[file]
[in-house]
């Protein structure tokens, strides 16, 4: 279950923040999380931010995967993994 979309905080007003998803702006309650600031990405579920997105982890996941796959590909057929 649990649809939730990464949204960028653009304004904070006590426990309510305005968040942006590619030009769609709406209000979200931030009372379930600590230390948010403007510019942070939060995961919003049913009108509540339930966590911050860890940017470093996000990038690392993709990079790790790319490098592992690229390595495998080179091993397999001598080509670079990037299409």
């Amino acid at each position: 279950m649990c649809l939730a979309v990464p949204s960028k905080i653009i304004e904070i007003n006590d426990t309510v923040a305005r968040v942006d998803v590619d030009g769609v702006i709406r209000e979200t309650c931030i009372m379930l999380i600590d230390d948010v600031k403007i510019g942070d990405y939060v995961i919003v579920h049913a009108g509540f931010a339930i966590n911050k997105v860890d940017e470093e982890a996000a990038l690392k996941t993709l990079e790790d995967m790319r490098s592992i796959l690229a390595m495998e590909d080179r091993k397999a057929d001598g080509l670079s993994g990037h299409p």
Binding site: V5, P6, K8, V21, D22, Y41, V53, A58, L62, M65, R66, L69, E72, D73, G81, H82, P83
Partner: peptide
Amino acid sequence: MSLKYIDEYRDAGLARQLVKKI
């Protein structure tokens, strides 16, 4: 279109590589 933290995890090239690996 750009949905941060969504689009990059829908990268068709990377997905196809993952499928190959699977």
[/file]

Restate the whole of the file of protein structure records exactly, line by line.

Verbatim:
[in-house]
């Protein structure tokens, strides 16, 4: 279950923040999380931010995967993994 979309905080007003998803702006309650600031990405579920997105982890996941796959590909057929 649990649809939730990464949204960028653009304004904070006590426990309510305005968040942006590619030009769609709406209000979200931030009372379930600590230390948010403007510019942070939060995961919003049913009108509540339930966590911050860890940017470093996000990038690392993709990079790790790319490098592992690229390595495998080179091993397999001598080509670079990037299409």
């Amino acid at each position: 279950m649990c649809l939730a979309v990464p949204s960028k905080i653009i304004e904070i007003n006590d426990t309510v923040a305005r968040v942006d998803v590619d030009g769609v702006i709406r209000e979200t309650c931030i009372m379930l999380i600590d230390d948010v600031k403007i510019g942070d990405y939060v995961i919003v579920h049913a009108g509540f931010a339930i966590n911050k997105v860890d940017e470093e982890a996000a990038l690392k996941t993709l990079e790790d995967m790319r490098s592992i796959l690229a390595m495998e590909d080179r091993k397999a057929d001598g080509l670079s993994g990037h299409p």
Binding site: V5, P6, K8, V21, D22, Y41, V53, A58, L62, M65, R66, L69, E72, D73, G81, H82, P83
Partner: peptide
Amino acid sequence: MSLKYIDEYRDAGLARQLVKKI
């Protein structure tokens, strides 16, 4: 279109590589 933290995890090239690996 750009949905941060969504689009990059829908990268068709990377997905196809993952499928190959699977």